Casa Batlló’s rooftop is arched and similar to the back of a dragon or dinosaur. The local name for the building is Casa dels ossos (House of Bones) because it has a skeletal organic quality. Featuring irregular oval windows and flowing sculpted stone work, much of the façade is decorated with a mosaic made of broken ceramic tiles, trencadís, that starts in shades of golden orange moving into greenish blues.
His best-known work is the immense but still unfinished church of the Sagrada Família, which has been under construction since 1882, and is still financed by private donations. The Sagrada Familia is the world-wide symbol of Barcelona. The monumental church El Temple Expiatori de la Sagrada Família (Expiatory Temple of the Sacred Family) is Gaudi's most famous work and the finest example of his visionary genius.
It takes visitors into a spiritual atmosphere thanks to the arrangement of the light sources and the colors of the windows. Inspiration from nature is taken from a tree, as the pillar and branches symbolize trees rising up to the roof. Gaudi dedicated his life to carrying out this ambitious undertaking which due to his sudden death was left unfinished. The project was resumed in 1952 using drawings and scale models. As of 2007, completion is planned for 2026.
Further, Gaudi’s Park Guell is one of the most impressive public parks in the world. This public park system is composed of gardens and architectonic elements that incorporates a network of twisting roads, which follow the contours of the land. Although considered to be a serious person, Gaudi is also a trickster as he created a playground for the mind with visual jokes, like columns that simulate palm-tree trunks and quilts of ceramic tiles.
His dragon salamander fountain in the center represents the element of fire and transformative qualities of materials. Throughout this park, he introduced new techniques in the treatment of materials, such as trencadís which used broken waste ceramic pieces, teaching us to recycle and repurpose objects. The focal point of the park is the main terrace, surrounded by a long bench in the form of a sea serpent. The curves of the serpent bench form a number of enclaves, creating a more social atmosphere.
“Architecture is the arrangement of light; sculpture is the play on light.”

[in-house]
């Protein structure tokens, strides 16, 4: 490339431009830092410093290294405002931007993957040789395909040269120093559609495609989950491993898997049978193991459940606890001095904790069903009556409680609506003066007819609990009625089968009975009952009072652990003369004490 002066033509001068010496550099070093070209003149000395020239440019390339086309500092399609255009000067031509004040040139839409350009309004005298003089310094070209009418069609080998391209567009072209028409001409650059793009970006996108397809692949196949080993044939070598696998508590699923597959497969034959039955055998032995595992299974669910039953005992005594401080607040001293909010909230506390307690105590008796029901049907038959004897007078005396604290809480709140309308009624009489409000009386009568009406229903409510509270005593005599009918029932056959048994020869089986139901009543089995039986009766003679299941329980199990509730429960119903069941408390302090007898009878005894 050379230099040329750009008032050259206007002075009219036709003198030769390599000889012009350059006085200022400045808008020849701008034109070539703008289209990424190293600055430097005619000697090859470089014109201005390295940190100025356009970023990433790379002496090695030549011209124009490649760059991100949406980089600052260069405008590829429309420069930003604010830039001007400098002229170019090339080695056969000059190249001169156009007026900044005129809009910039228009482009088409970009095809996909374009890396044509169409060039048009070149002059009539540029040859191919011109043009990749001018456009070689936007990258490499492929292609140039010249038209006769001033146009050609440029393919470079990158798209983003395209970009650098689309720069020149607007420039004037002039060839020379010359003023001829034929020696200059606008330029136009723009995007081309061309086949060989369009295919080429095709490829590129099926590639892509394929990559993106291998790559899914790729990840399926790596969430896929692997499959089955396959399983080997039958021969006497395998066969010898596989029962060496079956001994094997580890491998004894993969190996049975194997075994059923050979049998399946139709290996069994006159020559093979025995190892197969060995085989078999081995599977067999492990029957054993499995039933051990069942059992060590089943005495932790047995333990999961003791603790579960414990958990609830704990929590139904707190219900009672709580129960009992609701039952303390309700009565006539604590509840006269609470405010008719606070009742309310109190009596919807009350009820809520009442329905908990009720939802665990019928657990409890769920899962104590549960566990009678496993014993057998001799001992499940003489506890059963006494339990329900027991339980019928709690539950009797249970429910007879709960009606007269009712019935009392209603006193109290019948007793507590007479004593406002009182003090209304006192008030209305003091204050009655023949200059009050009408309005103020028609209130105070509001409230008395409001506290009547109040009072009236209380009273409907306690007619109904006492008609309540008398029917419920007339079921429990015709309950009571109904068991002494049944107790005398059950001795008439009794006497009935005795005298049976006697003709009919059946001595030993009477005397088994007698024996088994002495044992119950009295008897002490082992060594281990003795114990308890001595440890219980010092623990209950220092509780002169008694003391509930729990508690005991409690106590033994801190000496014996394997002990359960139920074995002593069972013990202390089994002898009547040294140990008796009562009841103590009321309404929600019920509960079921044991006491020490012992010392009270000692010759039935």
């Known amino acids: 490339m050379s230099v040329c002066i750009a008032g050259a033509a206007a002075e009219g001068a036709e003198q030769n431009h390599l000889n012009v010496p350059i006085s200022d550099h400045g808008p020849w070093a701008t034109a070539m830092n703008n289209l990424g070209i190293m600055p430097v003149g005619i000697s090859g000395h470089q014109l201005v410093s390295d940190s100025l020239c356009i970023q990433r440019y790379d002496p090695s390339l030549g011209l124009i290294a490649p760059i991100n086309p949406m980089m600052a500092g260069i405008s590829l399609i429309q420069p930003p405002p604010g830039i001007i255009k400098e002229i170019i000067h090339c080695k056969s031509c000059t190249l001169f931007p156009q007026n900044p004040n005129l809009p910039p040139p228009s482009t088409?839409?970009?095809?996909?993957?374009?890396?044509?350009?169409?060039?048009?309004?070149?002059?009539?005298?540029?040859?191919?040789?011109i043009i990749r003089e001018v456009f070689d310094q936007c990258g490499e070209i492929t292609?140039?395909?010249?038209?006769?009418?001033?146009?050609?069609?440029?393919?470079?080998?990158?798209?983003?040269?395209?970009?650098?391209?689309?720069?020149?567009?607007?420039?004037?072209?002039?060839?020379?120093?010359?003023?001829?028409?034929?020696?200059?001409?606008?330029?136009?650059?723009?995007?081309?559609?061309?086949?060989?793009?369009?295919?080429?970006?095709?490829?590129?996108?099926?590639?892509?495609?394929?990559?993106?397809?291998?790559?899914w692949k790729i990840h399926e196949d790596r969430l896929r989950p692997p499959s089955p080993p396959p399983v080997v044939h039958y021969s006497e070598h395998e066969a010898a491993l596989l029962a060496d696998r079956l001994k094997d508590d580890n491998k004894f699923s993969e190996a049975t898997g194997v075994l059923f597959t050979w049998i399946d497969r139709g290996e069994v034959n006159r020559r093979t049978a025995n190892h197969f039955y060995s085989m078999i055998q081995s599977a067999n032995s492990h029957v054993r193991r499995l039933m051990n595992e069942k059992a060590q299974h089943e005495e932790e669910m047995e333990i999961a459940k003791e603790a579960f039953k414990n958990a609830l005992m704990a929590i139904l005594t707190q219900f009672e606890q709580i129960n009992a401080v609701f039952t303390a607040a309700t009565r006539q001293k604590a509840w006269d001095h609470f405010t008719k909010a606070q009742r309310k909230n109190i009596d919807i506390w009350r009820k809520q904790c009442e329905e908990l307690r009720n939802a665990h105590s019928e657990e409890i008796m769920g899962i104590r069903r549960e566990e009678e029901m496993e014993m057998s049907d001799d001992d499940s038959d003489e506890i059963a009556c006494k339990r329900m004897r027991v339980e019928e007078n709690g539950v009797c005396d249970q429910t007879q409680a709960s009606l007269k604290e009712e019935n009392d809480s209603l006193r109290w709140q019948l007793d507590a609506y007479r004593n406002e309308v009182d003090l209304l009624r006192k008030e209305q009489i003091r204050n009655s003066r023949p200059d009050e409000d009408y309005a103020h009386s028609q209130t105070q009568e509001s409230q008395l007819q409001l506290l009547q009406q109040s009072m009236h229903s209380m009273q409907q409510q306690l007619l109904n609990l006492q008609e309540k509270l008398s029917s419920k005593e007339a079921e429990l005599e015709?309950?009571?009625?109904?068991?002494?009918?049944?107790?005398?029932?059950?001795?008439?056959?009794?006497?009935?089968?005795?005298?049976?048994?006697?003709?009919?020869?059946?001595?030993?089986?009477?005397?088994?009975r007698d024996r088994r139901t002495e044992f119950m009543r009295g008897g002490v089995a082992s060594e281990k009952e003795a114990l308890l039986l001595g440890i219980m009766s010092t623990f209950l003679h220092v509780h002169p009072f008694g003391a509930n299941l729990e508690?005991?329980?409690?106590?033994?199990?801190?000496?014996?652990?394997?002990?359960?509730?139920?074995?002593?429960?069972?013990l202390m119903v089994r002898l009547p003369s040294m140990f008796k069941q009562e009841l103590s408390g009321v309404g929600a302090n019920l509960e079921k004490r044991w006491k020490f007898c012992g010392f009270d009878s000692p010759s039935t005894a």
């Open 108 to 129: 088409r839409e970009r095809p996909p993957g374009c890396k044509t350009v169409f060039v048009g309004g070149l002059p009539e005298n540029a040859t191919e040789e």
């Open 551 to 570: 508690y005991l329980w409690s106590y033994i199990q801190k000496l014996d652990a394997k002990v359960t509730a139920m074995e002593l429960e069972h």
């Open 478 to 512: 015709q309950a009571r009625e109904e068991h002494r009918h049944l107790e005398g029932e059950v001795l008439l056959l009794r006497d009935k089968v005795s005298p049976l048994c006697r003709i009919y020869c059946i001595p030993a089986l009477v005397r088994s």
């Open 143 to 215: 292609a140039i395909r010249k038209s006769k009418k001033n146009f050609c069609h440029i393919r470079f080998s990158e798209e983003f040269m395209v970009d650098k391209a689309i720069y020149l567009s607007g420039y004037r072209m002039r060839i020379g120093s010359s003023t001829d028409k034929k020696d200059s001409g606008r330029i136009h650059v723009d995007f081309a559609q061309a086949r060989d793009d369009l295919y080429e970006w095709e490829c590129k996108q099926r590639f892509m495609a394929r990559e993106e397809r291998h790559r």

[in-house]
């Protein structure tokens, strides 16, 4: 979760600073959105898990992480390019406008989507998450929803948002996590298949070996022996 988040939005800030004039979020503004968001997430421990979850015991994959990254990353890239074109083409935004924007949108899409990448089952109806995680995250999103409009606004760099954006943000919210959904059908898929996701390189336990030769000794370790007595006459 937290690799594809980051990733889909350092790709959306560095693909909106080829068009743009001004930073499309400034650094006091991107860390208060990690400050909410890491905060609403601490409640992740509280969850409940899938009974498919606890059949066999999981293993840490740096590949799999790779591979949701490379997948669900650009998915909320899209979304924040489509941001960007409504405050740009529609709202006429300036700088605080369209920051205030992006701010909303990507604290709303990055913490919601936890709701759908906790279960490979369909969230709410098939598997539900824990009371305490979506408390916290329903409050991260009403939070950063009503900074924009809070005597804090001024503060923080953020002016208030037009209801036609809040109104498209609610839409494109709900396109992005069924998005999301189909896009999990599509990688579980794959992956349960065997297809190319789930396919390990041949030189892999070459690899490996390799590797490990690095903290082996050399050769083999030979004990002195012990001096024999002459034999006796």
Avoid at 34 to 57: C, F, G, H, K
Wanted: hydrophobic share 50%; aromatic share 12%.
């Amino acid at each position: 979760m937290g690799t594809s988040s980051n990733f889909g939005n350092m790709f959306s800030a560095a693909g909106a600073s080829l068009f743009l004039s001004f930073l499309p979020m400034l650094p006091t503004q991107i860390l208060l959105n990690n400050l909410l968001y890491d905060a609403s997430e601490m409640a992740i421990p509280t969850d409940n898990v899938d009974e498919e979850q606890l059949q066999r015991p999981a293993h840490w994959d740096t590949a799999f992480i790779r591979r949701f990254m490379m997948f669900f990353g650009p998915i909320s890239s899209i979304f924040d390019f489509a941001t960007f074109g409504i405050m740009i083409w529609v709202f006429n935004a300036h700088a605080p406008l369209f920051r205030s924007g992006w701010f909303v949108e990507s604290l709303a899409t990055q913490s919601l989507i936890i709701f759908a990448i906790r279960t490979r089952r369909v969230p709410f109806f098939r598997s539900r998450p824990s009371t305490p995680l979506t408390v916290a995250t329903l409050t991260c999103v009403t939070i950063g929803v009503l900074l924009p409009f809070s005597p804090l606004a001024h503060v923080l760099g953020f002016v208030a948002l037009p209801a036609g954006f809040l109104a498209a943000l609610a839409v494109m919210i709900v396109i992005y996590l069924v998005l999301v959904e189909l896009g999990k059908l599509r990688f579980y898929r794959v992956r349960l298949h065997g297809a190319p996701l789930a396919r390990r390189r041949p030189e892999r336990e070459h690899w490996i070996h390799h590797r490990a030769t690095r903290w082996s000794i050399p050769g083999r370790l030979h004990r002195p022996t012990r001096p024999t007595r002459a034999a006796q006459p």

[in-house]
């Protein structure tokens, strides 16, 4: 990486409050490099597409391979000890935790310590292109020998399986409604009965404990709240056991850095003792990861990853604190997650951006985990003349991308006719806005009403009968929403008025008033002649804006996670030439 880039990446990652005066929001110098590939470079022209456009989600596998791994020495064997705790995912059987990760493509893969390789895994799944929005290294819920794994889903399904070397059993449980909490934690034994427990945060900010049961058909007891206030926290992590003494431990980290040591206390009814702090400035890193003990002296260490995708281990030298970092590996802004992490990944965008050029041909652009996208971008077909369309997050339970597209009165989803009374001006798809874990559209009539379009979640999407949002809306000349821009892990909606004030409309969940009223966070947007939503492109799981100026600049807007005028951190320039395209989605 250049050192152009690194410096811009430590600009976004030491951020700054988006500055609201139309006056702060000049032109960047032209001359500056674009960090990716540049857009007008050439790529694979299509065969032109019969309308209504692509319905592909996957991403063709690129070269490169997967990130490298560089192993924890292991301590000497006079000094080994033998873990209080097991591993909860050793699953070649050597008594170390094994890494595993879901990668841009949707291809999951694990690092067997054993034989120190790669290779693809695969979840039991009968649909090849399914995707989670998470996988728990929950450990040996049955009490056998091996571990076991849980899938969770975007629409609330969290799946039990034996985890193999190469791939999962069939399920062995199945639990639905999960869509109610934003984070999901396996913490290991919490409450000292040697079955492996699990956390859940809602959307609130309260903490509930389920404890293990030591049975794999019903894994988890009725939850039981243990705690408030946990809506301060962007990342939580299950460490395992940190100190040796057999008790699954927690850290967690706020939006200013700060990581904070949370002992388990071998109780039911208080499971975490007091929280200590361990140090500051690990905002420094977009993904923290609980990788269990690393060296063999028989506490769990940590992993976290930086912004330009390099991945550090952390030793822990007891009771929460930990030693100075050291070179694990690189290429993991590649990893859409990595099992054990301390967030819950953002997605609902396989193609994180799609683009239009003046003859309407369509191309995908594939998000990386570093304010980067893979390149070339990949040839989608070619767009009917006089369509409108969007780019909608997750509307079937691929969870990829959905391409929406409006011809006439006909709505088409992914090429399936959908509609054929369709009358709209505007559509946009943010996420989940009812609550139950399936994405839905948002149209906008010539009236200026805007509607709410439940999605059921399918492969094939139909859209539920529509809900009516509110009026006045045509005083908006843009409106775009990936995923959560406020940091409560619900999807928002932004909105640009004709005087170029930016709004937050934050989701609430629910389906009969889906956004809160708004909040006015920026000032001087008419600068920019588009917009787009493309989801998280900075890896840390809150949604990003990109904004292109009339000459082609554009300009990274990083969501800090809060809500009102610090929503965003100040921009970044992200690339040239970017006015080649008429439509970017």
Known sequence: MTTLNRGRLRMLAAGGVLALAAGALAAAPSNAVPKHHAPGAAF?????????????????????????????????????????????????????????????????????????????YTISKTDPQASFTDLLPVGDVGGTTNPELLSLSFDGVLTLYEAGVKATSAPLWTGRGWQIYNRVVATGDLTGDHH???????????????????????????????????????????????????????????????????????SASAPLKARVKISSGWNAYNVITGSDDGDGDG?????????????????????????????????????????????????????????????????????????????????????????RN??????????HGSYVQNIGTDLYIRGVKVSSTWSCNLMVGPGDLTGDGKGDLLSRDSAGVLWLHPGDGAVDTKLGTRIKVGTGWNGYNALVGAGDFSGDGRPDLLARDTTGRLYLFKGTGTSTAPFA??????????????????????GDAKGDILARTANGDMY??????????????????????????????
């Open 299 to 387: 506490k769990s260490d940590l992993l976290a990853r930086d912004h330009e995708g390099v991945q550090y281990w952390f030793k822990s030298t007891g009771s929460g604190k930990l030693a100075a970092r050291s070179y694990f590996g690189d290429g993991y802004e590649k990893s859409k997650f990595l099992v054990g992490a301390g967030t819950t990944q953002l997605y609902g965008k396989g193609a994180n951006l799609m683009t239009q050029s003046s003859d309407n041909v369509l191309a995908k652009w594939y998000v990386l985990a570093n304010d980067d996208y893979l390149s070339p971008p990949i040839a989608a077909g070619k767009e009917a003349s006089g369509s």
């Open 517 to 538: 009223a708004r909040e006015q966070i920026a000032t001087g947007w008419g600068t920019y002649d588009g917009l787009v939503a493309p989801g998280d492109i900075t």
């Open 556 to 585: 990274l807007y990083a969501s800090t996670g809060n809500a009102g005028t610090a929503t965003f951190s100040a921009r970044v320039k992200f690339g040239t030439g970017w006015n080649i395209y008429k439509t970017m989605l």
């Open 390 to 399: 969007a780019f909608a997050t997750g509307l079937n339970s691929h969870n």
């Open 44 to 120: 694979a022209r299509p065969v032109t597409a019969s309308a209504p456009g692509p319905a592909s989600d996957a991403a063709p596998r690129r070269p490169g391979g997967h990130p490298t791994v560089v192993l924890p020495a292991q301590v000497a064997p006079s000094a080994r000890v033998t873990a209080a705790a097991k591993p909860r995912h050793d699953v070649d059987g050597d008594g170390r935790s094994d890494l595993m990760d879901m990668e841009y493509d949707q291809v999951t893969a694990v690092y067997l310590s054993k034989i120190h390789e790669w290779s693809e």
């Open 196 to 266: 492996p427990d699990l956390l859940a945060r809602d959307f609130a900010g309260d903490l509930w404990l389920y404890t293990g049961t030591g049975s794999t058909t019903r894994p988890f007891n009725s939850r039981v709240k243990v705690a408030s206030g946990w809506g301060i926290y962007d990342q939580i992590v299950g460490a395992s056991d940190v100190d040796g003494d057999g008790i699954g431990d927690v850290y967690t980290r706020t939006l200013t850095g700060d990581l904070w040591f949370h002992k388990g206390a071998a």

Casa Milà is an example of Gaudi’s use of light and quality of positivity over darkness. Every room of the house has skylights of varying size that allows them all to have natural light, so that almost every part of the house gets its share of sunlight. Gaudi states, “Architecture is the arrangement of light; sculpture is the play on light.” This creation has an interesting rooftop with a large ensemble of twenty-eight different surrealistic chimneys in several groupings, twisted so that the smoke comes out more effectively. One of the chimneys was topped with glass pieces; it was said that Gaudí used this mosaic technique the day after the inauguration of the building, taking advantage of the empty bottles from the party.
Elizabeth Gilbert profoundly declares,
“The universe buries strange jewels deep within us all, and then stands back to see if we can find them…Do you have the courage to bring forth the treasures that are hidden within you?”
What are your current creative goals?
What are you curious about? Where are you currently turning to for inspiration?
Please share your thoughts in the comments section below.
I had the wonderful opportunity to write an original blog post for BeYogi.com.
Check it out by clicking on the photo and or watch on YouTube.
Does your mind often wander between memories, dreams, plans, and concerns?
Do you feel like your mind is constantly jumping from one thought to another, sometimes even skipping mid-thought through two other thoughts and then back again?
Although this is typical behavior for our minds, we can learn to control it to find peace.
In Pantajali’s Path to Enlightenment, Dharana, the 6th Petal, is the practice of concentration.
In Light on Life, B.K.S. Iyengar teaches that our objective in Dharana is to achieve the mental state where the mind, intellect, and ego are all restrained and therefore offered to the Divine power. When we reach this state of immovable concentration of the mind, healing, grace, and peace can take place within us.